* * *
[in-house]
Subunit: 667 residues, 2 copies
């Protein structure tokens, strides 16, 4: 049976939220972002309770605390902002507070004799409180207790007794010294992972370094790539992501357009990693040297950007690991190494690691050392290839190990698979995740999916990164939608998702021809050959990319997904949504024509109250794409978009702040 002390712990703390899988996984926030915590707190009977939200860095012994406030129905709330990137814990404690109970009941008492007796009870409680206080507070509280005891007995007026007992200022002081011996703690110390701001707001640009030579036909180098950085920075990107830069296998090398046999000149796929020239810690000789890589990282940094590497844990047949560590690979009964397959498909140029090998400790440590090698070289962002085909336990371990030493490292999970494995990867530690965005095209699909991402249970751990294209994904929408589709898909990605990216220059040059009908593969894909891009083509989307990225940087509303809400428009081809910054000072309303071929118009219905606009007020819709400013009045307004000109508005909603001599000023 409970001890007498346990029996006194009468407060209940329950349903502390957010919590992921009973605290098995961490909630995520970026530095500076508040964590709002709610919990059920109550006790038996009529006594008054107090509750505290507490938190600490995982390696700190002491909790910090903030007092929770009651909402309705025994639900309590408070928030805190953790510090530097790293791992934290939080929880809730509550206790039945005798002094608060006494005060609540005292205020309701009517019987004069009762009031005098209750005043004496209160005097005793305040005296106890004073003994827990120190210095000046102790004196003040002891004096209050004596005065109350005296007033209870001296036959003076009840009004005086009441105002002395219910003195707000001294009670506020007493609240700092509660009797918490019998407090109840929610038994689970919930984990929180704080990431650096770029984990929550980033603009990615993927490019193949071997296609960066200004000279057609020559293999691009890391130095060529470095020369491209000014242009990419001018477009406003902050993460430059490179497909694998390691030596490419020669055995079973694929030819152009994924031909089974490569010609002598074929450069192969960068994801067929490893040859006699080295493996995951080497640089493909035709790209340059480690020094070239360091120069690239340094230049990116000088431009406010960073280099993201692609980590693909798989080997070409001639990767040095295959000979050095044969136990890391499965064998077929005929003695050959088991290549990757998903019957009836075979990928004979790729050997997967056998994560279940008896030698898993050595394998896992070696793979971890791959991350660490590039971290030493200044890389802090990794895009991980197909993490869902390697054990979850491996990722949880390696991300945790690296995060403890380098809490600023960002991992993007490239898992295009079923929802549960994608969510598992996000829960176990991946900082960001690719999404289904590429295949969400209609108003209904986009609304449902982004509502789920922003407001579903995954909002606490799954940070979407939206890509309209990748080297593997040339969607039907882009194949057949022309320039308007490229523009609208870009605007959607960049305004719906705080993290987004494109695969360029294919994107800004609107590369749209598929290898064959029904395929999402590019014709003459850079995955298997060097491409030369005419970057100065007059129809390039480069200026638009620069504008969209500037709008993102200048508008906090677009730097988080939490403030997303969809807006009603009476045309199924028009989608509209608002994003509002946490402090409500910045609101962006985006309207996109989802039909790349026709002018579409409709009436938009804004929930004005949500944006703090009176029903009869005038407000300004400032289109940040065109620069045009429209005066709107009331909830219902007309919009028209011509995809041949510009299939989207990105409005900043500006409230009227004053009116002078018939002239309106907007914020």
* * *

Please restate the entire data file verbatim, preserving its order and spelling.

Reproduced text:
[in-house]
Subunit: 667 residues, 2 copies
């Protein structure tokens, strides 16, 4: 049976939220972002309770605390902002507070004799409180207790007794010294992972370094790539992501357009990693040297950007690991190494690691050392290839190990698979995740999916990164939608998702021809050959990319997904949504024509109250794409978009702040 002390712990703390899988996984926030915590707190009977939200860095012994406030129905709330990137814990404690109970009941008492007796009870409680206080507070509280005891007995007026007992200022002081011996703690110390701001707001640009030579036909180098950085920075990107830069296998090398046999000149796929020239810690000789890589990282940094590497844990047949560590690979009964397959498909140029090998400790440590090698070289962002085909336990371990030493490292999970494995990867530690965005095209699909991402249970751990294209994904929408589709898909990605990216220059040059009908593969894909891009083509989307990225940087509303809400428009081809910054000072309303071929118009219905606009007020819709400013009045307004000109508005909603001599000023 409970001890007498346990029996006194009468407060209940329950349903502390957010919590992921009973605290098995961490909630995520970026530095500076508040964590709002709610919990059920109550006790038996009529006594008054107090509750505290507490938190600490995982390696700190002491909790910090903030007092929770009651909402309705025994639900309590408070928030805190953790510090530097790293791992934290939080929880809730509550206790039945005798002094608060006494005060609540005292205020309701009517019987004069009762009031005098209750005043004496209160005097005793305040005296106890004073003994827990120190210095000046102790004196003040002891004096209050004596005065109350005296007033209870001296036959003076009840009004005086009441105002002395219910003195707000001294009670506020007493609240700092509660009797918490019998407090109840929610038994689970919930984990929180704080990431650096770029984990929550980033603009990615993927490019193949071997296609960066200004000279057609020559293999691009890391130095060529470095020369491209000014242009990419001018477009406003902050993460430059490179497909694998390691030596490419020669055995079973694929030819152009994924031909089974490569010609002598074929450069192969960068994801067929490893040859006699080295493996995951080497640089493909035709790209340059480690020094070239360091120069690239340094230049990116000088431009406010960073280099993201692609980590693909798989080997070409001639990767040095295959000979050095044969136990890391499965064998077929005929003695050959088991290549990757998903019957009836075979990928004979790729050997997967056998994560279940008896030698898993050595394998896992070696793979971890791959991350660490590039971290030493200044890389802090990794895009991980197909993490869902390697054990979850491996990722949880390696991300945790690296995060403890380098809490600023960002991992993007490239898992295009079923929802549960994608969510598992996000829960176990991946900082960001690719999404289904590429295949969400209609108003209904986009609304449902982004509502789920922003407001579903995954909002606490799954940070979407939206890509309209990748080297593997040339969607039907882009194949057949022309320039308007490229523009609208870009605007959607960049305004719906705080993290987004494109695969360029294919994107800004609107590369749209598929290898064959029904395929999402590019014709003459850079995955298997060097491409030369005419970057100065007059129809390039480069200026638009620069504008969209500037709008993102200048508008906090677009730097988080939490403030997303969809807006009603009476045309199924028009989608509209608002994003509002946490402090409500910045609101962006985006309207996109989802039909790349026709002018579409409709009436938009804004929930004005949500944006703090009176029903009869005038407000300004400032289109940040065109620069045009429209005066709107009331909830219902007309919009028209011509995809041949510009299939989207990105409005900043500006409230009227004053009116002078018939002239309106907007914020």